By Jewly Hight, NPR Music
A parking lot at night is a setting in which many women have learned to feel unsafe, to hurry about their business with heightened awareness that any strange figure approaching may have sinister intentions. Amanda Shires opens her new album To the Sunset with a strikingly different scenario. “Last night you walked me to my car / You said, ‘You won’t be getting far before you turn around,'” she sings, her phrasing seesawing and scampering. Then her character takes control of the exchange in a teasing tone. “I did a parking lot pirouette / I said, ‘You’re right — I’m not done with you yet.'” The song is named “Parking Lot Pirouette” for its protagonist’s graceful forwardness, her decisive movement to prolong a pleasurable dalliance.
During the #MeToo moment, much emphasis has been rightly placed on the need for women to guard themselves against the unrestrained appetites of male perpetrators. Maintaining that vigilance and devoting necessary energy and attention to confronting and correcting not only sexual wrongdoing but warped thinking can be all-consuming. While Shires might not have set out to make an album that reminds us of the power of women pursuing their own impulses, desires and ambitions with abandon, that perspective enlivens this bracing 10-song set.
In the decade-plus that Shires has been making solo albums — in addition to working as a side person with Billy Joe Shaver, Justin Townes Earle and, eventually, her husband and fellow singer-songwriter Jason Isbell — she’s expressed self-consciousness about the shivers and tremors in her singing voice, tried to smooth them out of her delivery and ultimately embraced its untameness. When her distinctive vibrato appears on To the Sunset, as a subtle emotive tool or punctuation in her storytelling, it feels like an electrical charge shuddering through the live wire of her voice. (In “Wasn’t I Paying Attention,” a tale of dramatically staged, small-town suicide, for example, the way she sings the word “attention” amplifies the narrator’s unsettled state.) As if to match it, she experimented for the first time with filtering the sound of her fiddle through effects pedals, which lends her playing a fierce luminescence. Shires told her producer Dave Cobb, who also served as bassist in the album’s indie rock-leaning band (with Isbell on lead guitar), “My violin needs to sound like it’s in an aquarium, but more bright.”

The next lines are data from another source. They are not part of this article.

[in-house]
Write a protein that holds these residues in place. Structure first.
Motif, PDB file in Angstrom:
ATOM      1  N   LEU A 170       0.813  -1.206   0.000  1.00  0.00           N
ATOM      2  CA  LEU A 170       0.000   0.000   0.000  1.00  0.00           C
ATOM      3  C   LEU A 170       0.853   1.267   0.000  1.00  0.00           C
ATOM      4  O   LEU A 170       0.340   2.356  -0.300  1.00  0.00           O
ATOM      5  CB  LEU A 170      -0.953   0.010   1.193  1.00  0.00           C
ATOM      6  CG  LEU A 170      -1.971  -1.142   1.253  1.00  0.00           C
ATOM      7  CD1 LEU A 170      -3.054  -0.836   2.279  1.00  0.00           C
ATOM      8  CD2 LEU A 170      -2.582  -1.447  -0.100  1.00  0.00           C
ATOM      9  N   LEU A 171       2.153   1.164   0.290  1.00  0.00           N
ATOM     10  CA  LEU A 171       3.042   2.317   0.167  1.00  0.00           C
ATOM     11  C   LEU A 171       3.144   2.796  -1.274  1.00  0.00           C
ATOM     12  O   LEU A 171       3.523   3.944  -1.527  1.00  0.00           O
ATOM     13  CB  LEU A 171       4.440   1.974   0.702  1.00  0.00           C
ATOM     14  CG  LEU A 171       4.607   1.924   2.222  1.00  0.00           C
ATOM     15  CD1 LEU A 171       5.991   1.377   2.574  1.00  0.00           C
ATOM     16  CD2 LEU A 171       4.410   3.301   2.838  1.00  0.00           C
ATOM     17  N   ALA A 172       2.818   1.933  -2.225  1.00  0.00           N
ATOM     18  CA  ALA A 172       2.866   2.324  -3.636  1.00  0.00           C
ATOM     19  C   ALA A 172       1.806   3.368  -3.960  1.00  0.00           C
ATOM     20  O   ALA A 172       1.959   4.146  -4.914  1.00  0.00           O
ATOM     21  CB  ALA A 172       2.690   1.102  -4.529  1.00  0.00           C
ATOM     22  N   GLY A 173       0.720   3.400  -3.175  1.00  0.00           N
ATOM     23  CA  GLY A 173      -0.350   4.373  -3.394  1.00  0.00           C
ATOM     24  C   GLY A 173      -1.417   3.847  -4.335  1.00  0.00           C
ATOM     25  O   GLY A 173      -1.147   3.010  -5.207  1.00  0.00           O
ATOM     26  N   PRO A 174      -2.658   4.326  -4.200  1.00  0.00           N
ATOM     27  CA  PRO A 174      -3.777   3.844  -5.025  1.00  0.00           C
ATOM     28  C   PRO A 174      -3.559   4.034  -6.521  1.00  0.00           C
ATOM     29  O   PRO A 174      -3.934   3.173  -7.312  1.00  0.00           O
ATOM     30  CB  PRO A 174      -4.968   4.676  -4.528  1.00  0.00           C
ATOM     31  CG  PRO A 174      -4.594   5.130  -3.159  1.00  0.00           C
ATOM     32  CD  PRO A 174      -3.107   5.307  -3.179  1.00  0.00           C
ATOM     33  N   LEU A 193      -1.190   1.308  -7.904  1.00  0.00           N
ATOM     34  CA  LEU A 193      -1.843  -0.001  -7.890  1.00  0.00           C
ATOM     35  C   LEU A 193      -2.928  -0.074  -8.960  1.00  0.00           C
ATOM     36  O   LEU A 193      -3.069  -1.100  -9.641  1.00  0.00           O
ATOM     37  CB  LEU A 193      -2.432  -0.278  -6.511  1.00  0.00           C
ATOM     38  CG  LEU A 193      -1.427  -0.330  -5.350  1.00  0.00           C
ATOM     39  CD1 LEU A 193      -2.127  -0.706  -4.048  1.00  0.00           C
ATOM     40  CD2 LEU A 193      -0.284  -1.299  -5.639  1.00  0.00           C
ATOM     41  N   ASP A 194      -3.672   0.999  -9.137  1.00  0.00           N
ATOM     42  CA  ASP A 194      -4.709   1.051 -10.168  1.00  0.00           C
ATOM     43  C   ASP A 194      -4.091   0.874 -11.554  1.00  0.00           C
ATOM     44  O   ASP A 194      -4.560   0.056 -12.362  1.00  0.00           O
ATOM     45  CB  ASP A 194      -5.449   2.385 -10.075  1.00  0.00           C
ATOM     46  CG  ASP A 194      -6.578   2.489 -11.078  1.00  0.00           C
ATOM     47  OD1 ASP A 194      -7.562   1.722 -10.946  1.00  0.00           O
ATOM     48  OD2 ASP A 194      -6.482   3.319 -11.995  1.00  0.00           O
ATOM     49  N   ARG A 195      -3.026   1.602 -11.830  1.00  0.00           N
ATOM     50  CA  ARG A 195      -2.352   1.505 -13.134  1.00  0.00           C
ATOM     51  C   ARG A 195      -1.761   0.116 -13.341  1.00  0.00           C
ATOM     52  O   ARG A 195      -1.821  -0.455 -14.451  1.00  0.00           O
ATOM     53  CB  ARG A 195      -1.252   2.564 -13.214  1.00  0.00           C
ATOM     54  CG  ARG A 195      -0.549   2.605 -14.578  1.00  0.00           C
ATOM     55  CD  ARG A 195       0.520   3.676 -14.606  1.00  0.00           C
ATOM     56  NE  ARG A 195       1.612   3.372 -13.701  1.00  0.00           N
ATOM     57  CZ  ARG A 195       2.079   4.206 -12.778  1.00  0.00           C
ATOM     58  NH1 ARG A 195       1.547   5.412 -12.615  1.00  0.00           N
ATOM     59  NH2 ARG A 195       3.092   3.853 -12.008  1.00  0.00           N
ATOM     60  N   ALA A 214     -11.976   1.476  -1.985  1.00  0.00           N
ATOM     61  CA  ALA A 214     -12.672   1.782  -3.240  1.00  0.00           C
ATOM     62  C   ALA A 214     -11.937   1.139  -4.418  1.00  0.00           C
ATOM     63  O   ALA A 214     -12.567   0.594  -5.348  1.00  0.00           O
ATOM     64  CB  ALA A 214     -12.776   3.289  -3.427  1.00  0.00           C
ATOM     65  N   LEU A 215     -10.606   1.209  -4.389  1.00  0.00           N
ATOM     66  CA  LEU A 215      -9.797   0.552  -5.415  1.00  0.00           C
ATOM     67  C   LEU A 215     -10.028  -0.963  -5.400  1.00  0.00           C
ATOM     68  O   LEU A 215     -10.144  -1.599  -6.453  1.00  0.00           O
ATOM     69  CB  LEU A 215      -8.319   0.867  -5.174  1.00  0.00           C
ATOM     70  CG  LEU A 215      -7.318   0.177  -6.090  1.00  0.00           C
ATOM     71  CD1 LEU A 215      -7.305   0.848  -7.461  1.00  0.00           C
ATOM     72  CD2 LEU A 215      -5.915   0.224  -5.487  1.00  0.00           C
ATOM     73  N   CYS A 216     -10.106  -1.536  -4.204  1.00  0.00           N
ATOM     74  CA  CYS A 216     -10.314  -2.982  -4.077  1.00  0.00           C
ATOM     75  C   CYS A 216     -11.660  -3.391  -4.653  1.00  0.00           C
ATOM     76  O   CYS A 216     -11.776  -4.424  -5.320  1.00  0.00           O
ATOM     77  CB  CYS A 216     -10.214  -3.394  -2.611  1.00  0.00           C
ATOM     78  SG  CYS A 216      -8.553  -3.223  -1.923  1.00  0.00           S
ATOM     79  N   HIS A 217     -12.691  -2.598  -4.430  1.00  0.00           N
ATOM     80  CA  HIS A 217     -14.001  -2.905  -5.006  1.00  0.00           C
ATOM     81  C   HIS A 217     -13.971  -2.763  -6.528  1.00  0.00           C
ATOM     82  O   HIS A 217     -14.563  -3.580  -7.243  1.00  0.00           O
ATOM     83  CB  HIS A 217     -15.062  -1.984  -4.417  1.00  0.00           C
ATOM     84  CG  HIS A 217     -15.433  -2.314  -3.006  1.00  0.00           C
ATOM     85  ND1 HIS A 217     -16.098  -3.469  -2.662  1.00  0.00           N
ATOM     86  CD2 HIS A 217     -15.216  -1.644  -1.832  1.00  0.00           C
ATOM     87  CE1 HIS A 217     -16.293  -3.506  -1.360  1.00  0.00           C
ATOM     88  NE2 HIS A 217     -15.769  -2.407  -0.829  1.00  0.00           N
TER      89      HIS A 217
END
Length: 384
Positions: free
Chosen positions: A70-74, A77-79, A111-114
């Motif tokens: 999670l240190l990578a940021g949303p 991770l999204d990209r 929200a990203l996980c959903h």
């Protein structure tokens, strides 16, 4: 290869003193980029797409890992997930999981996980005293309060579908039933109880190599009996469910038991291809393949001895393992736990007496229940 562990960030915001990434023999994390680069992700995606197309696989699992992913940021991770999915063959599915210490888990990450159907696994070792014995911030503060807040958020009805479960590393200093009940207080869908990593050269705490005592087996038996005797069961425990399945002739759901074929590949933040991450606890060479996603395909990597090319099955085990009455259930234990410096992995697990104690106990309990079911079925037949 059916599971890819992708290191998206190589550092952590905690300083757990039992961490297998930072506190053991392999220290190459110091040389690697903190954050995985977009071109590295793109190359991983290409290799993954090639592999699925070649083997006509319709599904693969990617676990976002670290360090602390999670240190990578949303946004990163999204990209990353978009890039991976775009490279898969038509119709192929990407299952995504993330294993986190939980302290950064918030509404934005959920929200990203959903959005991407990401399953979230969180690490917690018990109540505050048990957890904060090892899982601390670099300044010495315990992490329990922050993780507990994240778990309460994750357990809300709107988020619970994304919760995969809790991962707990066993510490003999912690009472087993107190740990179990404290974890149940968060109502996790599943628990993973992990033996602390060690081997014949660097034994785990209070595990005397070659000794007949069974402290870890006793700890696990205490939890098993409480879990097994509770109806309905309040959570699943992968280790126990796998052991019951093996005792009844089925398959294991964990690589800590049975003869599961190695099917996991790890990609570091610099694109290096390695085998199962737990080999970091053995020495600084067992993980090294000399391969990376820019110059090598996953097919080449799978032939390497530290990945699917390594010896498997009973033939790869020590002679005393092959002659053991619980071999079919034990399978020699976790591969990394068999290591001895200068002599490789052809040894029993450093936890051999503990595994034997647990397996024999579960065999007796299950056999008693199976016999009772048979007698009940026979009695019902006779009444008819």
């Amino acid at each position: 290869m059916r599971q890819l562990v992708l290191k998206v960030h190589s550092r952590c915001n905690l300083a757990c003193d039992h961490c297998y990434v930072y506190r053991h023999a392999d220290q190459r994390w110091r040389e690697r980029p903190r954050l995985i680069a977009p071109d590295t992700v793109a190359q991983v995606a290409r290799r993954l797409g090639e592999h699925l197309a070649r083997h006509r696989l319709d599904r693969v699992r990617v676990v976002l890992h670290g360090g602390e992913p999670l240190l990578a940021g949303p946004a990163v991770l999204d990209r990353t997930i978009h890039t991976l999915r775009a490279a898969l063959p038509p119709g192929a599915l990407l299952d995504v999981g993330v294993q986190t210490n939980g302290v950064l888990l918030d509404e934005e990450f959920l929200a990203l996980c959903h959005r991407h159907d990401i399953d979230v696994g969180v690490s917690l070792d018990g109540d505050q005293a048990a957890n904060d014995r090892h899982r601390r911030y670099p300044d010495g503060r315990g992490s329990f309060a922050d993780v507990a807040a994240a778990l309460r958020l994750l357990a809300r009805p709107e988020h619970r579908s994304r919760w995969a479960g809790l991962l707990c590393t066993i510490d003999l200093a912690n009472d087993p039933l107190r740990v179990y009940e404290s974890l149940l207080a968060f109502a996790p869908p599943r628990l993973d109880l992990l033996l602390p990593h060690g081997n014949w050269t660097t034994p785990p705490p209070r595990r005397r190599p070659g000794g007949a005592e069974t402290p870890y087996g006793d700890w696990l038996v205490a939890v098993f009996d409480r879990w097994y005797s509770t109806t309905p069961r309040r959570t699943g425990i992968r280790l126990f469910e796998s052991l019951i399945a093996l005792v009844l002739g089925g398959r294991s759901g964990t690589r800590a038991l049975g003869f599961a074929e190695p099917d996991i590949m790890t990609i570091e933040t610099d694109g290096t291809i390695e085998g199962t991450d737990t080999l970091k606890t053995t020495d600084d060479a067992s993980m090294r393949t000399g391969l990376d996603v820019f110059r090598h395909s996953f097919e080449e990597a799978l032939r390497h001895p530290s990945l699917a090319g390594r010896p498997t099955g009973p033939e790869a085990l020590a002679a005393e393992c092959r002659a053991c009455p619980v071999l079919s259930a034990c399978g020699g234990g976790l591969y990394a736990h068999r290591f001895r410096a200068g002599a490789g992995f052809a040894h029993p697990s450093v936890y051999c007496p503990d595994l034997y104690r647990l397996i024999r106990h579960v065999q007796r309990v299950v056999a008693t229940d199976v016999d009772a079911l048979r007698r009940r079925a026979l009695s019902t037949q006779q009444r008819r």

Shires and Isbell have a toddler daughter together, and thanks to gendered assumptions about the distribution of their parenting duties, Shires has fielded more than her share of questions about how she balances motherhood and music-making. When she paints a picture of motherhood in the subdued jangle-pop number “Charms,” she doesn’t dwell on its oft-idealized and sentimentalized facets. She sings of the excruciating awareness of both mirroring and superseding her own mother. “I’m daring to do what she couldn’t bring herself to do,” Shires ruminates, shadowed by her own feathery harmonies. “Isn’t it just like a daughter to make a fool of you? / And the fear that I feel when I see my features reversed in my own daughter’s face.” After trailing off there, she draws a thorny conclusion about the web of intimate, familial dependency: “Maybe being human is an orphaned condition and what’s missing isn’t what should be found.”
In the bruising roots rocker “Eve’s Daughter,” propelled by a tense groove and serrated, scraggy guitar riffs, Shires plays the part of a woman so desperate to expand her horizons and satisfy her hunger that she’s unafraid to take risks in the name of escape. “Maybe it was circumstance, but I saw my chance and I took it,” she boasts, her tone fuzzed-out by distortion. “Through a sunset, shifting gears, to the something better shining diamond clear.”
Shires has an MFA in poetry, and she’s exacting in her use of imagery to portray sensuality as a force both internal and physical. In “Leave It Alone,” a song introduced by a brittle, programmed loop and a jangly, arpeggiated guitar figure, she elegantly describes exploring a new lover’s body: “Hands find the places where they’ve never been, to know for themselves new surfaces / And mine, they’ve got a mind of their own / I can’t leave it alone.” The way she relaxes into low notes on that last line makes it sound far more like an unembarrassed confession than a complaint. During “Break Out the Champagne,” Shires wryly relates an account of a female friend who was dumped by a dullard, only to realize that he’d never really satisfied her anyway: “I’m rock and rock and roll, and you’re golf.” Hearing Shires spell that out is invigorating.